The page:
Cabo da Roca, just north of Lisbon, is known for its dramatic views and scenic cliff-top walking path. The westernmost point in continental Europe and once believed by Europeans to be the edge of the world, today it is home to a defensive lighthouse that was built in the 16th century and serves as a haven for local birdlife.
In the 16th-century glory days of worldwide maritime exploration, Portugal was one of the most important countries in the world, with interests in Brazil, India, China, and Africa. With riches arriving from far and wide, the country built a series of defensive outposts to guard Lisbon, the capital city, including at Cabo da Roca. Today you can walk around (but not inside) the current lighthouse, which was built in the 18th century; see the nearby church with its blue and white azuelo tiles; and stand on the windswept headland and imagine mariners heading out to the New World, more than 5,000 miles (8,000 kilometers) away.
Cabo da Roca is a popular stop on guided tours of the region, which also take in the nearby hilltop town of Sintra and typically provide round-trip transportation from Lisbon.
Things to Know Before You Go
- There’s no entrance fee to access Cabo da Roca.
- Visit at sunset for great photo opportunities.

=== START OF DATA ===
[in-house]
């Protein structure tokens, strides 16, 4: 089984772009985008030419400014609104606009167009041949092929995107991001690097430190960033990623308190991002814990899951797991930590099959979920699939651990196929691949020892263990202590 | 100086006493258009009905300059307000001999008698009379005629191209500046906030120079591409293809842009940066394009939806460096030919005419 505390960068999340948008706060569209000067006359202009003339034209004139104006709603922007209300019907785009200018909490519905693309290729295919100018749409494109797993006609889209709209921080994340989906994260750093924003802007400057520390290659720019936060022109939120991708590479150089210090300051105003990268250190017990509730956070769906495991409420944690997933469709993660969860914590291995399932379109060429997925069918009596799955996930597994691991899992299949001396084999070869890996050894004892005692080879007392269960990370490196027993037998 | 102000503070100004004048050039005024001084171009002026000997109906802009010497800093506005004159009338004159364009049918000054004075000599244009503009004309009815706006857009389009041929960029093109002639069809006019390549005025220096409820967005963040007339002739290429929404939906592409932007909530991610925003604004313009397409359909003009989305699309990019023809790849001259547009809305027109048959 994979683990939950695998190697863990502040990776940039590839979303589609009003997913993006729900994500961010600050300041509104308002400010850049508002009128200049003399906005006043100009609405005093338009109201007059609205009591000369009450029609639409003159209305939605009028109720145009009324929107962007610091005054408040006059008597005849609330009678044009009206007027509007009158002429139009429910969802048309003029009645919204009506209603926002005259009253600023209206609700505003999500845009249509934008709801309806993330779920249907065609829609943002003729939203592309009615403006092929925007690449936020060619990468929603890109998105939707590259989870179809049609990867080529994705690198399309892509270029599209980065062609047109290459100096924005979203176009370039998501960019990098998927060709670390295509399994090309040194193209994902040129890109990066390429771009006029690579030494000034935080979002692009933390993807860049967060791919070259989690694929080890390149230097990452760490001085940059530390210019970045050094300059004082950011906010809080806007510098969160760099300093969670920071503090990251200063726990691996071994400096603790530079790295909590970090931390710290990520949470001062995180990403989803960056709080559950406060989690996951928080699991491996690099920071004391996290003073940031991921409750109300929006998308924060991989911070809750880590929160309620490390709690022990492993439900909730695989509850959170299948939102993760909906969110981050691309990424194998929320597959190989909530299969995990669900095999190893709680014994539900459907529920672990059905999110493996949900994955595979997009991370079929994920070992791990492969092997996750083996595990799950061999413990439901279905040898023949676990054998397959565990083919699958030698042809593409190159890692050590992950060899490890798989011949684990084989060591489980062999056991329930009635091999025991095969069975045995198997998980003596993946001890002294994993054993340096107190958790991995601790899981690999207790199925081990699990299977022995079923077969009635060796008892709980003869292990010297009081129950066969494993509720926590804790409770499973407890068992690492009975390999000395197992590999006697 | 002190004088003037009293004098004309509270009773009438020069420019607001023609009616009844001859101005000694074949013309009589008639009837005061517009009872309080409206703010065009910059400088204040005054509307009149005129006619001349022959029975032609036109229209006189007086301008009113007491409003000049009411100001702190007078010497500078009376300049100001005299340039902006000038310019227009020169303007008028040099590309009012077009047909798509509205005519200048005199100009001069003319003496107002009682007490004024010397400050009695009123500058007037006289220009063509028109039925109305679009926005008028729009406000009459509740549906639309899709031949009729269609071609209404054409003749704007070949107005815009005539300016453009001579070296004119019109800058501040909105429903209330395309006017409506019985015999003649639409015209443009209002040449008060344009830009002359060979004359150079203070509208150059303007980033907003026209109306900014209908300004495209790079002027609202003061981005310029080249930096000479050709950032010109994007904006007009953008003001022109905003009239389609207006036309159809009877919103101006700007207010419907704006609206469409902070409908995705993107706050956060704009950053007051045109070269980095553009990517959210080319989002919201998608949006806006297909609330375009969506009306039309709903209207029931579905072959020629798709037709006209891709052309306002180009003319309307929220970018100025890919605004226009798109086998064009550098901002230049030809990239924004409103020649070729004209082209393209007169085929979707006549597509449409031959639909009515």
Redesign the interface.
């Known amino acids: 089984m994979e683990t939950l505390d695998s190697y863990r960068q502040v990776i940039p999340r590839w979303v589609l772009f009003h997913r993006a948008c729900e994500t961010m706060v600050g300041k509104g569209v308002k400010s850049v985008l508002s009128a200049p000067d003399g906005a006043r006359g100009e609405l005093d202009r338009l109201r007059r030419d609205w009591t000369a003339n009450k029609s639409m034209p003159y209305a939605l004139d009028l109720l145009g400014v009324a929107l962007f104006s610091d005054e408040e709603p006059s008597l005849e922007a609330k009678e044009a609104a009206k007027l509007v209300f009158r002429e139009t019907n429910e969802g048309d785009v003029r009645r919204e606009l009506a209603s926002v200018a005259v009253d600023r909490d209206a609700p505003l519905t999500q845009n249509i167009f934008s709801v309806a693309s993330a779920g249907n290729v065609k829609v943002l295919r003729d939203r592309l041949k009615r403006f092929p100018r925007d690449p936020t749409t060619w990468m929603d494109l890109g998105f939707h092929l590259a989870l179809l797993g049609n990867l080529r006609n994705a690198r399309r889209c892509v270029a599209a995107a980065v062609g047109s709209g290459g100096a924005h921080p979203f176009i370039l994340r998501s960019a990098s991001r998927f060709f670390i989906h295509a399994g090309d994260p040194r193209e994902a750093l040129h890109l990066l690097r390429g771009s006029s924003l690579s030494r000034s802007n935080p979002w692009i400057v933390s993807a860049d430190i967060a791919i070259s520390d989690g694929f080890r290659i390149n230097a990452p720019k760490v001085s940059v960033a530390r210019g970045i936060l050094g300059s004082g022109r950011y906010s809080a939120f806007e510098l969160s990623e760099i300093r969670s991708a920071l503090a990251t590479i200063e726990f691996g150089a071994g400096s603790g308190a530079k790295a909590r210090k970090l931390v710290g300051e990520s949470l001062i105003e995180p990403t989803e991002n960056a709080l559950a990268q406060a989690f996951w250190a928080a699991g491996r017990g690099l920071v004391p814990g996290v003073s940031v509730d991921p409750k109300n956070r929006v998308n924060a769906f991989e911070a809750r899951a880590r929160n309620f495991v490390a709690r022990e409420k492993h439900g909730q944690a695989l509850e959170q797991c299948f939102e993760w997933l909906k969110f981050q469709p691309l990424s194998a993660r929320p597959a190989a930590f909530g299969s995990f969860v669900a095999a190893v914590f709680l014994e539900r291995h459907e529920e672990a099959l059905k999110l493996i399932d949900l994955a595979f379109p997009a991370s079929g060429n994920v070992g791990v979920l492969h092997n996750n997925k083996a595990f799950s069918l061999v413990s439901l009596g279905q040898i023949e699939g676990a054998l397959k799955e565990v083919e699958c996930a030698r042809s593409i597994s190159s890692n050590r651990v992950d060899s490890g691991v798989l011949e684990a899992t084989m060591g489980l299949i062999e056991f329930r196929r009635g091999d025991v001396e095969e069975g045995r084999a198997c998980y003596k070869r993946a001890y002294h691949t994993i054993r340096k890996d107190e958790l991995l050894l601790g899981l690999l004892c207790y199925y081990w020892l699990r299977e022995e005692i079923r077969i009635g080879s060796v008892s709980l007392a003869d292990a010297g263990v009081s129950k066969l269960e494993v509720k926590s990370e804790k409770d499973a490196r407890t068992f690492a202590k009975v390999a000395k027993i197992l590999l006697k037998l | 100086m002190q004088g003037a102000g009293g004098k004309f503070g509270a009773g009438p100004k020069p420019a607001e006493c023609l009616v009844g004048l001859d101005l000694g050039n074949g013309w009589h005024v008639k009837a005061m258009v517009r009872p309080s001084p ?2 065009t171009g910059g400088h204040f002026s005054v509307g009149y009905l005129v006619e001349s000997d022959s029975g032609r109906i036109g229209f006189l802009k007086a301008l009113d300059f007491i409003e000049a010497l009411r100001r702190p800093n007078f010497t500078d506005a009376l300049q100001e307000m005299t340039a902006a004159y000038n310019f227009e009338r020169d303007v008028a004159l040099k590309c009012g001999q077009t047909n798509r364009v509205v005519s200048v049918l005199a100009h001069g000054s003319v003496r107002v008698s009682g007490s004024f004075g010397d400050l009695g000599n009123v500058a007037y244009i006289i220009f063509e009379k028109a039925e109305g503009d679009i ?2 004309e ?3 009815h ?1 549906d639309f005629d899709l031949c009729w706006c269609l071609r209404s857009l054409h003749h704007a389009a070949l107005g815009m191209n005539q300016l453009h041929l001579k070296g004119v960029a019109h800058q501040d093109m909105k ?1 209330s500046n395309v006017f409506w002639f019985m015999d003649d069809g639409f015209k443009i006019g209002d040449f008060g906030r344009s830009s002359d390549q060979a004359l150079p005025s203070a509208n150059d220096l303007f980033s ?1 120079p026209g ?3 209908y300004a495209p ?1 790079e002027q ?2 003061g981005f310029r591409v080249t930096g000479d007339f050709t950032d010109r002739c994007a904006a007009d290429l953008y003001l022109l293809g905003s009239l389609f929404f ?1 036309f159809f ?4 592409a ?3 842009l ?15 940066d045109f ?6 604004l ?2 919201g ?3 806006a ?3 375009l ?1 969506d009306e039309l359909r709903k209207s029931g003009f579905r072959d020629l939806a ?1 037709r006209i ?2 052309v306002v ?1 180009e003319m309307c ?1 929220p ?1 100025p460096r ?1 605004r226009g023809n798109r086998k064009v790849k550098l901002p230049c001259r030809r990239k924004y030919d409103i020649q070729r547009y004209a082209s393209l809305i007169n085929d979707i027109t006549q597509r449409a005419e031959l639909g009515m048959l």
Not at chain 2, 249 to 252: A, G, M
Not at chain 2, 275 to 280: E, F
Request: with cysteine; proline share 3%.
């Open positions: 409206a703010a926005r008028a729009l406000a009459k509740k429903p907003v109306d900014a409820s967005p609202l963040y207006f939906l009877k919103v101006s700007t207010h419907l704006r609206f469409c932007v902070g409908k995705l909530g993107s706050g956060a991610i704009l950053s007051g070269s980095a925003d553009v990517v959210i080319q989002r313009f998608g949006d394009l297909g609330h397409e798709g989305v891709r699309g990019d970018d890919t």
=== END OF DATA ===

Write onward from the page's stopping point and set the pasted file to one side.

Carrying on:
- You’ll find a small souvenir store and café on site.
- The area around the lighthouse and church is accessible to wheelchair users.
How to Get There
Cabo da Roca is located 25 miles (40 kilometers) from Lisbon, between the towns of Cascais and Sintra. It’s accessible by car, guided tour, or public bus—403 runs from Cascais to Sintra and stops at Cabo da Roca.
When to Get There
Cabo da Roca is open year-round. It is usually windy at the cape and can be cooler than in the surrounding areas, even in mid-summer. Take extra care on the paths if you’re visiting in rainy or very windy conditions.
Visit the Palaces of Sintra
Twelve miles (20 kilometers) inland of Cabo da Roca is the enchanting town of Sintra, where colorful palaces and fairy-tale castles perch on tree-covered hills. Used by the Portuguese Royal Family as their summer residence, the red and yellow Pena Palace is straight out of a storybook. The other grand buildings, built by members of the aristocracy and other dignitaries, recall the days when the town was a magnet for Lisbon’s wealthiest residents.